Saturday, September 19, 2009

What should we eliminate in next round of budget cuts?

The Arizona Geological Survey, along with other state agencies, has been instructed to identify programs to permanently eliminate by January to meet another budget cut of 15% - 20%. This latest round is on top of a cumulative set of cuts amounting to about 30% over the past 15 months.

We need your advice and input on what programs will be shut down.

A difference between this round and previous cuts is that we have to identify state-supported programs to eliminate. There are no options for furloughs, salary reductions, or spreading cuts among programs. In addition, the cuts would not take effect until January 2010, halfway through the state fiscal year. So in reality we will have to cut 30-40% for the remainder of the year to meet a year-long target. These are permanent cuts, so it will really be a 30-40% reduction in our funding overall starting in January.

AZGS has weathered the cuts so far by increasing revenues from contracts and grants to subsidize state operations, judicious program reductions, and by not filling vacant positions. However, our fixed costs of rent, insurance, phones, etc have not been reduced and now consume a much larger percentage of the state budget. The administrative workload has not gone down, and in fact, we spend a lot more time dealing with budget cuts and keeping things functioning. As a result, the combined previous cuts of 30% with new cuts of 30-40% mean there could be little left but our fixed infrastructure costs and staff who are funded solely by external contracts and grants.

We are asking our stakeholders, our community of data and service users, and our partners, to let us know what are the most critical functions that we should try to preserve. In the next few days we will be releasing a list of all programs and the budgets assigned to them. We want your evaluation and prioritization of programs, services, products, and data. I'll be blogging, we'll post materials on the AZGS website, and we'll be contacting many of you and your organizations directly.

The Governor's Office of Strategic Planning and Budget, has advised that we can keep a program running if we find non-state funds for it but the current plan is to sweep up a portion of the funds we raise outside as well. We expect that even some non-state funded services that we have kept running will go away as the state takes those funds from us. So, at this time, it appears that we will have even less funds to subsidize state functions than we do now.


  1. vacate your building.

  2. I have two questions in regards to this, not that either of them would solve any problems for AZGS, but something the governor and legislature should consider. They both have to do with the state taking monies that were non-state funds from AZGS.

    1. If the state takes money from the AZGS store, would that make it financially impossible to create future publications due to the inability to recoup the publishing and selling costs associated with that? If so the state would likely receive so little money from the existing back stock that the cost to the Arizona public would be far greater by preventing AZGS Publications than the state would be making by sucking AZGS funds.

    2. Many grants, especially federally funded grants, have stipulations as to what the grant money may be used for. (Typically science grants are not allocated for the purpose of running a state government, for example). How would their decision affect this, and the ability of AZGS to obtain future grants. I know that if I had money to donate I would not provide a grant to an agency where only 80-85% of the grant would be used to further the cause of the grant, and the rest would be stolen by the state government. I would look for another beneficiary who would use the entire grant for its desired purpose.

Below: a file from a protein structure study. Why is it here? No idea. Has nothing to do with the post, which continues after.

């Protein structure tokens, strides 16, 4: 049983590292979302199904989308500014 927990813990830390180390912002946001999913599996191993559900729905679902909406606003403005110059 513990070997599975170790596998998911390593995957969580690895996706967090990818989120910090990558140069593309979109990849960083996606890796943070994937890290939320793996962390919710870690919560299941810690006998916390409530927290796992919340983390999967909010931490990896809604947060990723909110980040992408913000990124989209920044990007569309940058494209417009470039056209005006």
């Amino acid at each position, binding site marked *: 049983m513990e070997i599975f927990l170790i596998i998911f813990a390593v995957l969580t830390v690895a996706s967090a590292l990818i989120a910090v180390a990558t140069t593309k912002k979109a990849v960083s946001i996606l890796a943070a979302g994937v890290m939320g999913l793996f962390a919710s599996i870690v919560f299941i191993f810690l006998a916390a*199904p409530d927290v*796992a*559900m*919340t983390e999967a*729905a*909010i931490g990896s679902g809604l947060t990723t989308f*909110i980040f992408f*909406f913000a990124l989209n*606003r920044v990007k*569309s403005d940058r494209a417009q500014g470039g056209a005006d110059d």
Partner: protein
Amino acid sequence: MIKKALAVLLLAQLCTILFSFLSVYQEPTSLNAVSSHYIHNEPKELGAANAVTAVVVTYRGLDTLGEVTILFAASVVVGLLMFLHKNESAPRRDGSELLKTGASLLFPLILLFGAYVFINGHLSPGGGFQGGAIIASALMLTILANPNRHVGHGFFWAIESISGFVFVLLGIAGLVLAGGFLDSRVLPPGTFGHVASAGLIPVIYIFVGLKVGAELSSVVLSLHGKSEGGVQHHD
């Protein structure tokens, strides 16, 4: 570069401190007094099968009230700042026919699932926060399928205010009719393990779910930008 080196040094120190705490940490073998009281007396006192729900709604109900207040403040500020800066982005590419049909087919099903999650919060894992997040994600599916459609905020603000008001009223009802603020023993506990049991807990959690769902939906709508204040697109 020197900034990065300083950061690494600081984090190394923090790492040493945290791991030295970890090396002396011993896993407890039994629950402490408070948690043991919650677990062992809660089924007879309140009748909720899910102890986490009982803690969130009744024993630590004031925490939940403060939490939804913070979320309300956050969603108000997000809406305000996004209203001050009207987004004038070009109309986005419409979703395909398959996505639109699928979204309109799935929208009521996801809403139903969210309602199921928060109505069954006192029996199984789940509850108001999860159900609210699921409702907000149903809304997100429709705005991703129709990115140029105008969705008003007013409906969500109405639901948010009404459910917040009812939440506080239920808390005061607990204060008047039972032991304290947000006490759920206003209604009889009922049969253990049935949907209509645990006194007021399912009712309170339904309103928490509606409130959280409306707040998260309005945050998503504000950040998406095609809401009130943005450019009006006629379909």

Just my $0.02

  3. Chuck, vacating our building will not cut our budget. We looked at this last year - not the whole building but the core repository. The Az. Dept of Administration will continue to charge us the full rent until and unless they find another tenant for the space. They have to cover the cost of the buildings one way or another.

    Since most agencies are downsizing as well, there is less need for the space.

    We will likely propose to cut our space again and see if they will reduce our rent bill as a result.

  4. Brian, you nailed two of our concerns. By statute, we can sell publications and keep the proceeds to cover the cost of producing new publications and running the bookstore. Take away those funds and we have reduce the number of publications or the services/hours of the store.

    On your second point, we are in the midst of analyzing the impacts of transferring 15% of the non-federal contracts we have. These are not block grants or similar. Each contract is for a specific project with required deliverables. We generally bill for actual costs. We do collect an indirect charge from state and local governments (17%) that pays for vehicles, computer support and administrative costs (e.g., accounting, personnel management. If we have to turn over 15% of the contract funds to subsidize other government programs, we are likely not to have enough to complete the contractual deliverables. In that case, we would be in violation of the contract and have to cancel the contract or refund the monies. Either way, there would be big ripple effects.

    We are working the numbers now to understand what this means and figure out how to meet the state's levy on us and minimize the number and cost of the projects that would be jeopardized as a result.

    At this point, the plans we submit are not going to be automatically imposed by the State. We will provide a write-up of the implications of each proposed cut, so we are hopeful that the domino effect of some of these cuts can somehow avoided.